Hot, humid weather during the breeding season hurts beef cow reproduction, especially if it turns hot and muggy quickly or early.
University of Nebraska researchers analyzed 10 years of temperature, humidity and reproductive data from a herd of crossbred cows in southeast Nebraska that were bred by bulls in pastures. They compared the number of calves born in the spring with weather conditions during the previous June-July breeding season.
"This study suggests conception rates are clearly lower during summers when it's hot during the breeding season than during cooler summers," says Terry Mader, an animal scientist in Concord.
Cattle producers have known intuitively that hot, muggy days are tough on cattle. However, this was the first study to quantify the relationship between environmental conditions and reproduction in beef cattle under typical pasture breeding conditions, Mader says.
"This shines light on a hidden cost of production," he adds.
In general, for each 1 degree F. that temperatures are above normal, conception rates are reduced 1%, the analysis shows. The problem is even greater in years with a combination of above normal temperatures and humidity.
"If you even have slightly above normal temperatures and humidity, the conception rate could easily be 1 to 3% lower during the season," Mader explains. "On 100 cows, that could amount to $1,000 to $2,000 in lost income if those cows don't conceive."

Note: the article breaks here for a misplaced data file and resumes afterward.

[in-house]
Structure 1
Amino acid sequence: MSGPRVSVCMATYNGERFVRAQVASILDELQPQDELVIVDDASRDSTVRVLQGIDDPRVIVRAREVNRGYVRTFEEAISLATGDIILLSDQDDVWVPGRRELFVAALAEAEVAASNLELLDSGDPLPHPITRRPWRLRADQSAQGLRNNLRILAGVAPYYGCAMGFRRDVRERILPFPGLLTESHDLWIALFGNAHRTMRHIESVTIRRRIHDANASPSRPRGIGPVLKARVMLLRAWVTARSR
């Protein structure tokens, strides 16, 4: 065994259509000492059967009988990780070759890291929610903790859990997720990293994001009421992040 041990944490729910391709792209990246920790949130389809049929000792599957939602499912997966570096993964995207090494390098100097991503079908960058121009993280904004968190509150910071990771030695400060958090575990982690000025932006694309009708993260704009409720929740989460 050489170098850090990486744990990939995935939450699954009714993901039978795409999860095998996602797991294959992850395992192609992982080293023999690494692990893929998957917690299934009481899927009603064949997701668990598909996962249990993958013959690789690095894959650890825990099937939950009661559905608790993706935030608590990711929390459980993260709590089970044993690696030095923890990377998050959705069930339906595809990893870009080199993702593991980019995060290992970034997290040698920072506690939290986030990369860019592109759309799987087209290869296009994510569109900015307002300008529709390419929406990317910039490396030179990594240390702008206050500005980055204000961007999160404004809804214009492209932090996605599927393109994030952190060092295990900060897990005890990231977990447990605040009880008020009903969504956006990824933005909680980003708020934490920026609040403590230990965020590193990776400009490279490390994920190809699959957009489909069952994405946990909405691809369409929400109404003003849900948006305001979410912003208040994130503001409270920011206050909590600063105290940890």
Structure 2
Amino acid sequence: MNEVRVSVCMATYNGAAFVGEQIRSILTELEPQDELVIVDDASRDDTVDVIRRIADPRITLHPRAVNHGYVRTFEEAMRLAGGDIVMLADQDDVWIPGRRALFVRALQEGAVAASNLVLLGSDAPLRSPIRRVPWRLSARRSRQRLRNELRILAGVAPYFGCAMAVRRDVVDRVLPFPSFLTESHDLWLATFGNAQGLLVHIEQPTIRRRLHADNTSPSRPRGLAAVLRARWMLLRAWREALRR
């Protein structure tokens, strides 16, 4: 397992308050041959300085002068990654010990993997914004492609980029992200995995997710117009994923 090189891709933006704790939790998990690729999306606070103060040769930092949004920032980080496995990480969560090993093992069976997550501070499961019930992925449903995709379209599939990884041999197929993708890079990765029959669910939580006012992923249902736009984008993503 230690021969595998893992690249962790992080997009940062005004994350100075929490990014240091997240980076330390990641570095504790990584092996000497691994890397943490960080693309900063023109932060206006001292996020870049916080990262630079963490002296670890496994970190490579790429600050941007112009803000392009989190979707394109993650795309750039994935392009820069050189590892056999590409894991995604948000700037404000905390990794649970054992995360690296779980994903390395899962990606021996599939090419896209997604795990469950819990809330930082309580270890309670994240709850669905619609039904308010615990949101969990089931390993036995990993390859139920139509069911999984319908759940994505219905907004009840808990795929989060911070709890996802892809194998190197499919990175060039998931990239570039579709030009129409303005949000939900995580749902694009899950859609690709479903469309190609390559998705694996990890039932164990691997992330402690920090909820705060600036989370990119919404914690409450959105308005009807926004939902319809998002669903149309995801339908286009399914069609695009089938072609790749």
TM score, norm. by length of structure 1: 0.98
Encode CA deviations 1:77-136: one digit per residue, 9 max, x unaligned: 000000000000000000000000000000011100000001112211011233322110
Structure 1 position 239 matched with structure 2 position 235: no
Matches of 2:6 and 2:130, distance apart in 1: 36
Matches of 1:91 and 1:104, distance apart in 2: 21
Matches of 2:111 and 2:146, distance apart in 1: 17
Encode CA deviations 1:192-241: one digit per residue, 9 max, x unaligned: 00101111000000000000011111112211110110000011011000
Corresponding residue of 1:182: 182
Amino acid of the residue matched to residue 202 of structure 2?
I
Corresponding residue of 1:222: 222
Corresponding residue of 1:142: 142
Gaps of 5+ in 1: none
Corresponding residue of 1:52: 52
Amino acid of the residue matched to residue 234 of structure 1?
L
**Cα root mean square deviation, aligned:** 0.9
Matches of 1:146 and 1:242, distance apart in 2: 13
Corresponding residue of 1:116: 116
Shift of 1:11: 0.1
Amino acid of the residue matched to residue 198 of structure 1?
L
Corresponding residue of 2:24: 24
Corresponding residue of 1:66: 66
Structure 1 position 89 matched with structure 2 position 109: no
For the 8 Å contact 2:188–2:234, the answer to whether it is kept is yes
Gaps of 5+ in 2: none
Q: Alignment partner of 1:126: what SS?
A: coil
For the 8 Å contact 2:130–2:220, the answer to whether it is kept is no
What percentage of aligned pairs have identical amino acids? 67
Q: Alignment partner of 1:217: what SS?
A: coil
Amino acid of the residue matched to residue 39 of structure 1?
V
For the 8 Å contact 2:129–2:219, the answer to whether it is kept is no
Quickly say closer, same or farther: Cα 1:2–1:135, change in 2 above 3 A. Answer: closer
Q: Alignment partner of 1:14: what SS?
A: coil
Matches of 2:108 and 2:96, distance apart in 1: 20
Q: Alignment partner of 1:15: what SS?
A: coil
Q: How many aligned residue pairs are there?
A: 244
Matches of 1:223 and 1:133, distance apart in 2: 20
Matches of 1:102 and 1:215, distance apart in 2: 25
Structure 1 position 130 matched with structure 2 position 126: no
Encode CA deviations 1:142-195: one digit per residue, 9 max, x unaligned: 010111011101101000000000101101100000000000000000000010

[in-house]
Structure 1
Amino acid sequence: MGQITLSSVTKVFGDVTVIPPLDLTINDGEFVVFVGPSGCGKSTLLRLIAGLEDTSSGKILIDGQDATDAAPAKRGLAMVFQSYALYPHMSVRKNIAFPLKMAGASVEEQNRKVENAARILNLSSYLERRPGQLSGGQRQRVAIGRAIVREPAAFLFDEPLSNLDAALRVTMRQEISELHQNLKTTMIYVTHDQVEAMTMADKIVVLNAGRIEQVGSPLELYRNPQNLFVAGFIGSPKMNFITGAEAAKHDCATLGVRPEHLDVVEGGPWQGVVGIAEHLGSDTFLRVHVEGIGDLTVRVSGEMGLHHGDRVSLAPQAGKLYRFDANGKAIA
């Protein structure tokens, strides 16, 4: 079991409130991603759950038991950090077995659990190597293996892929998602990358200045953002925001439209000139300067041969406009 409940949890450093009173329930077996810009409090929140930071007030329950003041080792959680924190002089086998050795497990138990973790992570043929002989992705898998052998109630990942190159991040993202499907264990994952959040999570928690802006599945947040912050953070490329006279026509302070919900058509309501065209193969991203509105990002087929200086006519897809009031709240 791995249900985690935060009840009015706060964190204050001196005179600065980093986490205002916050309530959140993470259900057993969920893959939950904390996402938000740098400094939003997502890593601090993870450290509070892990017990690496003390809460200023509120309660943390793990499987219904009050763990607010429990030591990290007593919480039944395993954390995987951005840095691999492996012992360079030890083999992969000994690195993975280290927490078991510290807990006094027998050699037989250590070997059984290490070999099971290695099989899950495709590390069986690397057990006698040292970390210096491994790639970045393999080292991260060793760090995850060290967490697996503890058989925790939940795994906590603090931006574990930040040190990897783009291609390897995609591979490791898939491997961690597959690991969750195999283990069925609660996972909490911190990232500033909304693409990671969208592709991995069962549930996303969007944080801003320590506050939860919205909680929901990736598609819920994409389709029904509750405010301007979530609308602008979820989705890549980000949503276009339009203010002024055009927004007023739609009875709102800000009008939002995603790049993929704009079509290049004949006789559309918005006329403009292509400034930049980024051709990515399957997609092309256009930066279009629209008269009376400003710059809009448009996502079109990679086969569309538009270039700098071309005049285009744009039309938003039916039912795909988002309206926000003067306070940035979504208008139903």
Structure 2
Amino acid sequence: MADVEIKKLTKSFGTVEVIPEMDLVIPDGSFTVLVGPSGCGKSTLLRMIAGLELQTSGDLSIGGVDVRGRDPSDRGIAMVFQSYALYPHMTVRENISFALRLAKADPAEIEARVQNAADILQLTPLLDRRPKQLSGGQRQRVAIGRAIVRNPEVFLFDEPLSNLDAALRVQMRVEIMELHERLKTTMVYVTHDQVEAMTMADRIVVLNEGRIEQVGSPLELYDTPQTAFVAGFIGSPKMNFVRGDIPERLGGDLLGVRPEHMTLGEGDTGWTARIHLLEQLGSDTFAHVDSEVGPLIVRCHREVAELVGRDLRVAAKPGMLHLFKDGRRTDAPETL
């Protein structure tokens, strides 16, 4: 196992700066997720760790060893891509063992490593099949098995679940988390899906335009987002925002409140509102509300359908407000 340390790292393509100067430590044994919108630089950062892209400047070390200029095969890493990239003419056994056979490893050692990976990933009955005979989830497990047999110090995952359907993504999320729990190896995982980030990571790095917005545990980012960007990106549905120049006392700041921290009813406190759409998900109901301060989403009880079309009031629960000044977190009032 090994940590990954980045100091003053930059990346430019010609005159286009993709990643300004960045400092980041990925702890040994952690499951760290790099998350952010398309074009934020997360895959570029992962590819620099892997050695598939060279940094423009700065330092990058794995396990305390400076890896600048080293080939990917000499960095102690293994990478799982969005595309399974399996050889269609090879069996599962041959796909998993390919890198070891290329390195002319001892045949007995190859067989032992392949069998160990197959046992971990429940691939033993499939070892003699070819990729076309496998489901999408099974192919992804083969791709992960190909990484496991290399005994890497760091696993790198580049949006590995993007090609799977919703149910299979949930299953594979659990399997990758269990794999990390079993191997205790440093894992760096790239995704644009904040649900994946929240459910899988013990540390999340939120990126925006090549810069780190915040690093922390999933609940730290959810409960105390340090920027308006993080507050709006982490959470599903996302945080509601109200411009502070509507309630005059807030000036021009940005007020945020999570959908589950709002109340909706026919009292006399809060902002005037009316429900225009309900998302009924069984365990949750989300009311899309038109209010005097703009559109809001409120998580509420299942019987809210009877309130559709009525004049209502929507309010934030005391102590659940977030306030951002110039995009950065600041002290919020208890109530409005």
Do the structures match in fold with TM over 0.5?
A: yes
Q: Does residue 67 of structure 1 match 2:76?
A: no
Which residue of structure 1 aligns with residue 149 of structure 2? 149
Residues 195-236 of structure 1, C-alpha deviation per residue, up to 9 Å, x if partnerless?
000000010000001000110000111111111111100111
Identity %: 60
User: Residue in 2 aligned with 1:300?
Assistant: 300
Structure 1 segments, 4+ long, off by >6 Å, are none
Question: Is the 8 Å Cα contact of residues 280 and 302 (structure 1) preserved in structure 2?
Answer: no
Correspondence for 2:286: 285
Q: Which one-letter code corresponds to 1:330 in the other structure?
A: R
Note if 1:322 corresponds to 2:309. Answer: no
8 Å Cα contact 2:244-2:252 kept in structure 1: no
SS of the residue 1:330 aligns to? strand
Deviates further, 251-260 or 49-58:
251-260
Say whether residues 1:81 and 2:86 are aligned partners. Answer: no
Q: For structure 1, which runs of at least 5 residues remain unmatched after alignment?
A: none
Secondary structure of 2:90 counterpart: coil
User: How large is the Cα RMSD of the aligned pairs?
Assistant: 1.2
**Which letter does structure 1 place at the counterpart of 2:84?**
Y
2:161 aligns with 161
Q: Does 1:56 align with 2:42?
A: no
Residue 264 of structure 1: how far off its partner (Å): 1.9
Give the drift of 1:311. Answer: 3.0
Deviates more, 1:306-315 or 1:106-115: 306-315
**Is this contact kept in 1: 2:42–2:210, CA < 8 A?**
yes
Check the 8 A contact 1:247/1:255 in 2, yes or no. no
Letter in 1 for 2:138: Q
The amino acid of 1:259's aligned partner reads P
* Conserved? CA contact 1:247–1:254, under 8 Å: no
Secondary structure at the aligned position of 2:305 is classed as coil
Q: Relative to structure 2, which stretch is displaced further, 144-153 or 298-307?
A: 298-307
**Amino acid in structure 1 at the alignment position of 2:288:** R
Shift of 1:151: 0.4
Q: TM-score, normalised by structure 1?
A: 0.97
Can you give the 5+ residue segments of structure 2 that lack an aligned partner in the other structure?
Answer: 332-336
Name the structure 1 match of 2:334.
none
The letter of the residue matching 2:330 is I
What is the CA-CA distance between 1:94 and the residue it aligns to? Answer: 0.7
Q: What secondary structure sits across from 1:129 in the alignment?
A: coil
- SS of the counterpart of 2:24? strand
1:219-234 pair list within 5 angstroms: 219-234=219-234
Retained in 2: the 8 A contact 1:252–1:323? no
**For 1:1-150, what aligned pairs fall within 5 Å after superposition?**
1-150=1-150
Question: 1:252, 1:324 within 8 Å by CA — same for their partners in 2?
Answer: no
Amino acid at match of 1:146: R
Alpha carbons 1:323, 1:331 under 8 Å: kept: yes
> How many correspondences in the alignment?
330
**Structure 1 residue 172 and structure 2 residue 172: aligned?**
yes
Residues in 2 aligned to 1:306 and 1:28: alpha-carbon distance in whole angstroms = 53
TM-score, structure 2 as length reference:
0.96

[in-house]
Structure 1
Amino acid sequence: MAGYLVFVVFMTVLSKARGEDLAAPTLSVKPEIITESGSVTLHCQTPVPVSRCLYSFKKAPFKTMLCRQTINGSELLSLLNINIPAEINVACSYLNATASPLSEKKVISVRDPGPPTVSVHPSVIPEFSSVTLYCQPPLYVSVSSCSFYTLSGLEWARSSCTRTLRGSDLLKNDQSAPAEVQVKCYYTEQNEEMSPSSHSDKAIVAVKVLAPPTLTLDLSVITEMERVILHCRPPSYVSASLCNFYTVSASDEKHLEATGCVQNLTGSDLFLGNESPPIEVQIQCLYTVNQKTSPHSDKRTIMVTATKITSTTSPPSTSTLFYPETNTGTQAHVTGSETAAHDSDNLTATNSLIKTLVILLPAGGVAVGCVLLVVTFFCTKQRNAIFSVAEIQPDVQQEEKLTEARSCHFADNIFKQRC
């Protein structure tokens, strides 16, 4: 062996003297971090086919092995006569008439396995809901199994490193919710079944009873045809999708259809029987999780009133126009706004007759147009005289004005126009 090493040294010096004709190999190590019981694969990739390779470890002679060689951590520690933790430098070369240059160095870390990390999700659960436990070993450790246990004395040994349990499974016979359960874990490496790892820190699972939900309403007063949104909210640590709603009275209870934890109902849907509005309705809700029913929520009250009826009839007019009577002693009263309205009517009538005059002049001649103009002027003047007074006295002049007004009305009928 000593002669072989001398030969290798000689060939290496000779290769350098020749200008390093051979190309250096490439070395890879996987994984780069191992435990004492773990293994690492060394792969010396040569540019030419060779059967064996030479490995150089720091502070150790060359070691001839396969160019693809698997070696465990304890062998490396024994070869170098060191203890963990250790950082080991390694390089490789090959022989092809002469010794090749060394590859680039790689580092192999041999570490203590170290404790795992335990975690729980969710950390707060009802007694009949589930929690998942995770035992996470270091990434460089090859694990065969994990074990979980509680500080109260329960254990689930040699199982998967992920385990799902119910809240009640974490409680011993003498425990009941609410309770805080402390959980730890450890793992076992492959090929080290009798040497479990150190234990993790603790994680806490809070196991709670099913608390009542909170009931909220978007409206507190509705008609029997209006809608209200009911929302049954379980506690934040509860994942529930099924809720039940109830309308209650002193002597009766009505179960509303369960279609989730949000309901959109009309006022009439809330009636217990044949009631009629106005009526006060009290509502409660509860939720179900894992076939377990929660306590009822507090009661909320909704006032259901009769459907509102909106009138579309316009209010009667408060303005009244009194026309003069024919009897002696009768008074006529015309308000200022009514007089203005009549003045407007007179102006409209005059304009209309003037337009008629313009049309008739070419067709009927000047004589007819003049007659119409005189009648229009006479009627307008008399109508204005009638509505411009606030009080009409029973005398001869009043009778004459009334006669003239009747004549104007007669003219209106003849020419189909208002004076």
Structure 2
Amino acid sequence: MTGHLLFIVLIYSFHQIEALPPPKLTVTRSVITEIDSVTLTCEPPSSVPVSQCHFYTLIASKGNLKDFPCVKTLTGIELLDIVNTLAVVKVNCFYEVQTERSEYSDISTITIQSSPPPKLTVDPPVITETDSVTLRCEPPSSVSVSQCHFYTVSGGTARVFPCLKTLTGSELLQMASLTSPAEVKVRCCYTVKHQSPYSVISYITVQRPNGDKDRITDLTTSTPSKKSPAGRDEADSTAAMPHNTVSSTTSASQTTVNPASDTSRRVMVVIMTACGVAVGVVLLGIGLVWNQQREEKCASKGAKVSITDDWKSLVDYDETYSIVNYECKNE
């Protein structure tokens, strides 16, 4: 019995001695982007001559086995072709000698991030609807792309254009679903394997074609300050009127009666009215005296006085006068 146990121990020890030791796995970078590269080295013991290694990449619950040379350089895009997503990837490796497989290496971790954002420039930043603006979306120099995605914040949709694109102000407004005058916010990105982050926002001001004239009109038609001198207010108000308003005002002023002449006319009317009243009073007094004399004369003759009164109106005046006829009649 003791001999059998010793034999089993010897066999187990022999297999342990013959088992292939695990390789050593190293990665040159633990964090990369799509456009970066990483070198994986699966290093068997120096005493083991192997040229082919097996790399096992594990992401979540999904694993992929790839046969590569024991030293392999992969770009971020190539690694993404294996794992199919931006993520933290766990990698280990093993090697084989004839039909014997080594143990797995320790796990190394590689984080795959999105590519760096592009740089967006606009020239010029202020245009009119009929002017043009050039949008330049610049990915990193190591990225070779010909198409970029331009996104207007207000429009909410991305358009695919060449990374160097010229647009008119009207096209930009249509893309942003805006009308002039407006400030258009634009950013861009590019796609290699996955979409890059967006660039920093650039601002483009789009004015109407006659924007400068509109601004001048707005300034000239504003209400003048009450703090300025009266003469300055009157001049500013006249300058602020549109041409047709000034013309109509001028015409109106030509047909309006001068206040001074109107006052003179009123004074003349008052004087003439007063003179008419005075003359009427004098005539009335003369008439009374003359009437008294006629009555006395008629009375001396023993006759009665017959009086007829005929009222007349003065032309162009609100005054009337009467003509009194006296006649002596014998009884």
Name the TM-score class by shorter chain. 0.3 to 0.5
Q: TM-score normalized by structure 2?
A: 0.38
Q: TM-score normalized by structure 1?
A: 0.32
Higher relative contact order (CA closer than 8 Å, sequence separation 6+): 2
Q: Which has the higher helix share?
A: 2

In Nebraska, a major beef producing state with roughly 2 million cows, a 1% reduction in conception rate means 20,000 cows don't get bred.
"If a weaned calf is worth $600, that's $12 million in lost income to the state's cow-calf industry," Mader says.
Heat and humidity trigger stress, which can disrupt a cow's reproductive cycle. If a cow does conceive and it stays hot, the embryo may not attach to the uterus.
Hot, humid weather during the first 30 days of the typical 60- to 75-day breeding season can potentially have the greatest economic impact even if the cows get bred later, Mader says. Research elsewhere showed that for every reproductive cycle or 21 days that a cow fails to breed, per cow profits decrease 10% on average.
"The first 30 days of breeding are significant because it's normally the coolest time when typically one-half to two-thirds of cows get bred," Mader says. "Those cows may breed later but, if it's hotter than normal, you're reducing the probability they are going to conceive."
The Nebraska study showed that if hot weather persists through the first 60 days of breeding, the impact on reproduction continues. Under these conditions, conception rates can be reduced by up to 2% for each degree temperature is above normal.
Meanwhile, producers can take several steps to minimize heat and humidity stress on their cow herds this season, including:
- Minimize cattle activity and movement during breeding season, especially when it's hot. Physical activity can raise a cow's body temperature 1 to 2 degrees.
- If you must move or work cattle, do it early in the morning when it's cooler.
- Provide plenty of clean water as it's one of the most useful tools for cooling cattle. If cattle have to walk long distances for water, consider additional watering sites.
- Provide shade or a place for cattle to cool off when possible. The best body surface areas to cool animals with water are around the face and legs.
- Control flies to discourage bunching and physical activity associated with cattle fighting flies, which exacerbates heat stress.
- Control parasites.
- Black-hided cattle are more susceptible to heat stress than lighter hided cattle.